Philips has launched a novel way of making you feel good about having breakfast: a kettle and toaster combo made from bio-based plastics.
Labelled the Eco Collection, the appliances feature a modern design with sustainability at the fore. The bio-based plastics they’re made from are based on used cooking oil and other plant waste, which Philips says reduces the environmental impact of product assembly. This includes reduced water pollution, fewer emissions, and less reliance on natural resources.
According to the company, the product construction cycle begins with the cooking oil produced from sunflowers. From here, used oil is processed in a factory, transforming the waste into bio-based plastic granules. It’s these granules that Philips uses to make the Eco Collection toaster and kettle.
As far as the appliances are concerned, the Eco Collection 5000 Series Toaster features two slots, eight browning settings, plus reheat and defrost functions. Keeping it clean should be easy thanks to its crumb tray and removable dust cover when not in use. Meanwhile, the Eco Collection 5000 Series Kettle has a 1.7L capacity with clear indicators for measuring how much water you need. It automatically switches off when boiled or when you remove the kettle from the base.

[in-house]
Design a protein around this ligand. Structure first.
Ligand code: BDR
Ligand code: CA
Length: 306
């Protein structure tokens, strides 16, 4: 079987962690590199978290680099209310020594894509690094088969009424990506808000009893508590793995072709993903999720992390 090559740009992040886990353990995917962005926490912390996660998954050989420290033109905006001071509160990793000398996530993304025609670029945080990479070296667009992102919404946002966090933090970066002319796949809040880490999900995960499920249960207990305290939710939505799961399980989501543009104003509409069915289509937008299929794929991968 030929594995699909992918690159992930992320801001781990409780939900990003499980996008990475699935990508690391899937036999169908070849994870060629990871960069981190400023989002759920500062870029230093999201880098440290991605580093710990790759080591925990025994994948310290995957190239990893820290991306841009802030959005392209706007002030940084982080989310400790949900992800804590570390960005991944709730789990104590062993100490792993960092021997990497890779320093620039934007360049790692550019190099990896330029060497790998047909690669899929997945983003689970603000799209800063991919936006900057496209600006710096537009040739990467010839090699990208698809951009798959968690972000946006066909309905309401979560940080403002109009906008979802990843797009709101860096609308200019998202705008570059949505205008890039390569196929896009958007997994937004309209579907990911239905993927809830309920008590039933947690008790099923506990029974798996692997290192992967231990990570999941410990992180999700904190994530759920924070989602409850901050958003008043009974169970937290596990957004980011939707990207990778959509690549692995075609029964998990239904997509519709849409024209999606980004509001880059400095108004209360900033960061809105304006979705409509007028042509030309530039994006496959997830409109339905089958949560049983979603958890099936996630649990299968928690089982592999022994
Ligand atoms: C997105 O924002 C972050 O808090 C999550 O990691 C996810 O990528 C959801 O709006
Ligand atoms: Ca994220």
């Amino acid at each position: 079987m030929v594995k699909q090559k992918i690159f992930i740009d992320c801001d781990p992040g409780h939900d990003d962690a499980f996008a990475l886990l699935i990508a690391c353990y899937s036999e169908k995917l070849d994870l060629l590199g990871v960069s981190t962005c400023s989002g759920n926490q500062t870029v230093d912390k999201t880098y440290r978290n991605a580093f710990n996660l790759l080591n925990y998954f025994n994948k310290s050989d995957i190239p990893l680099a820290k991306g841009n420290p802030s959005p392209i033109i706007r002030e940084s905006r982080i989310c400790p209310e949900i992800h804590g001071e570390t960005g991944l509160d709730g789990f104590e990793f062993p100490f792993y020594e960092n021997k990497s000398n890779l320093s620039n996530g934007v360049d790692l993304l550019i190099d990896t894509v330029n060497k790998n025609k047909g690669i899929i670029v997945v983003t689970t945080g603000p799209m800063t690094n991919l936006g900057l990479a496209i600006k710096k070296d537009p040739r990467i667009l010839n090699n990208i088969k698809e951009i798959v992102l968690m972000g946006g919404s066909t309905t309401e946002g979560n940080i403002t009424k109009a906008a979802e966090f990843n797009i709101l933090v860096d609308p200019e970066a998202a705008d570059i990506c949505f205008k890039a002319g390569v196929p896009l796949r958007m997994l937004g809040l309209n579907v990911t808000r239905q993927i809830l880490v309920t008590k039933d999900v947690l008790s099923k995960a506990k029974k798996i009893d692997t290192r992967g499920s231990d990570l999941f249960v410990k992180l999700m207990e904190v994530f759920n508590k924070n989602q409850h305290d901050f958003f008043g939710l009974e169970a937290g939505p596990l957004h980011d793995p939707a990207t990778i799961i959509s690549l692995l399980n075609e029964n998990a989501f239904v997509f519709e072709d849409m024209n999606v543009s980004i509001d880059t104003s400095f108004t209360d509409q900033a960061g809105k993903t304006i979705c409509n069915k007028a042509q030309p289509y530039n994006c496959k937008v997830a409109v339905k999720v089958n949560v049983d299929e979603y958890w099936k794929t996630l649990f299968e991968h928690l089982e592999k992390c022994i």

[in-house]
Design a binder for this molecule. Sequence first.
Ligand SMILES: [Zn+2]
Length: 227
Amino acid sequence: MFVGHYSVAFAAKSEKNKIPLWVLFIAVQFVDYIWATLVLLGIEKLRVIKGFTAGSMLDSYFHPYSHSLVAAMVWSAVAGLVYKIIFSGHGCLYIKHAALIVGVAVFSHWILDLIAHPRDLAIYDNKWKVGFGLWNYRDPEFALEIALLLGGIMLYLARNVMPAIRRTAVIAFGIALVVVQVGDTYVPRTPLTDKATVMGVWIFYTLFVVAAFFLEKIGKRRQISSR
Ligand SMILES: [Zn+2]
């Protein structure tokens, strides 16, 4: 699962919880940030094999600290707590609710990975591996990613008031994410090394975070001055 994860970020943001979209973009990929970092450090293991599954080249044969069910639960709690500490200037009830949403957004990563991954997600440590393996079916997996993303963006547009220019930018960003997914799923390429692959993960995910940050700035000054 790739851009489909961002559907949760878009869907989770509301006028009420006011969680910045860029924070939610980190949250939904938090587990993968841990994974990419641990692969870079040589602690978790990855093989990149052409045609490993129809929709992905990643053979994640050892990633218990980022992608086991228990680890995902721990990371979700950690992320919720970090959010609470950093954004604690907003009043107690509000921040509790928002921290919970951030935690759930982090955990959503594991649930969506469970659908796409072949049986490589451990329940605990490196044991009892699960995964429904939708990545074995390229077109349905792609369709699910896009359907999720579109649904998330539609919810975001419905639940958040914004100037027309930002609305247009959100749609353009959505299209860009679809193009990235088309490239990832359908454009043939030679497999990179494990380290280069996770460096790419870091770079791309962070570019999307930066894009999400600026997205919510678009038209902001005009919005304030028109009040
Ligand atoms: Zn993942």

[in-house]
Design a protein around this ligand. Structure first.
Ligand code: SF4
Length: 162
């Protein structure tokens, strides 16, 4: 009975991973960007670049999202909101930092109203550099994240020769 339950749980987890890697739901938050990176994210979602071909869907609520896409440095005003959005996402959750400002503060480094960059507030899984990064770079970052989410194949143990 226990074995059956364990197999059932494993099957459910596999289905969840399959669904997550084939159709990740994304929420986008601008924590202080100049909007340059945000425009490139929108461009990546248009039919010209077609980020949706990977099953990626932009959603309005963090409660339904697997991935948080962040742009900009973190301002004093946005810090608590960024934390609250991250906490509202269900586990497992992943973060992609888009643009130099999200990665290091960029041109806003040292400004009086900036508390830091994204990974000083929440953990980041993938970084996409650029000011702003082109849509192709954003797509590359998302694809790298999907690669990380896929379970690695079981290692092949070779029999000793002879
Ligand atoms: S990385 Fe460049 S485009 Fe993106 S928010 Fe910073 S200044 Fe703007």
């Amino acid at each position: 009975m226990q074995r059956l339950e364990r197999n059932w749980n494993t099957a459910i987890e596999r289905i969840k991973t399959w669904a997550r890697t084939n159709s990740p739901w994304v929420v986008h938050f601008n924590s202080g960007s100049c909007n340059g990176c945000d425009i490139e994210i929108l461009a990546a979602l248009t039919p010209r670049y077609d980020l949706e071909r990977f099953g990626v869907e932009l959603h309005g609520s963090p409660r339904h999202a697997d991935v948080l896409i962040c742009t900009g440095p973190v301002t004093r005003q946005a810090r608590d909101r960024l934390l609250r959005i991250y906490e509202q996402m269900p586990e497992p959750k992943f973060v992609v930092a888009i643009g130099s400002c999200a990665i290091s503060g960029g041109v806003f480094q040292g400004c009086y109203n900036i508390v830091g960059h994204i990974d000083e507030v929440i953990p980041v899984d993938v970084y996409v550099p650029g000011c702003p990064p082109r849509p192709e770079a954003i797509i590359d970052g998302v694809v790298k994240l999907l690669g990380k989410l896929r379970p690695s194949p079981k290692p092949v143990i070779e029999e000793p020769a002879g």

The appliances made from recycled resources are the result of a trend towards eco-friendly purchasing decisions, according to Geoff Hannaford, Country Manager, Australia and New Zealand, Philips Domestic Appliances.
“Our ambition is to eventually create a complete Philips Domestic Appliances collection of products designed with sustainability in mind.”
Both Eco Collection appliances are available from retailers now for $129 each. To add towards Philips’ sustainability push, the company has partnered with EcoMatcher – a tree-planting organisation using blockchain technology – to plant a tree, which you can name and visit online, with each Eco Collection purchase.
Producing plastic appliances from waste byproducts seems a clever and more sustainable method of manufacturing. While the new toaster and kettle may not have the same feature set as some similarly-priced appliances, it’s a promising start towards eco-friendly kitchen products.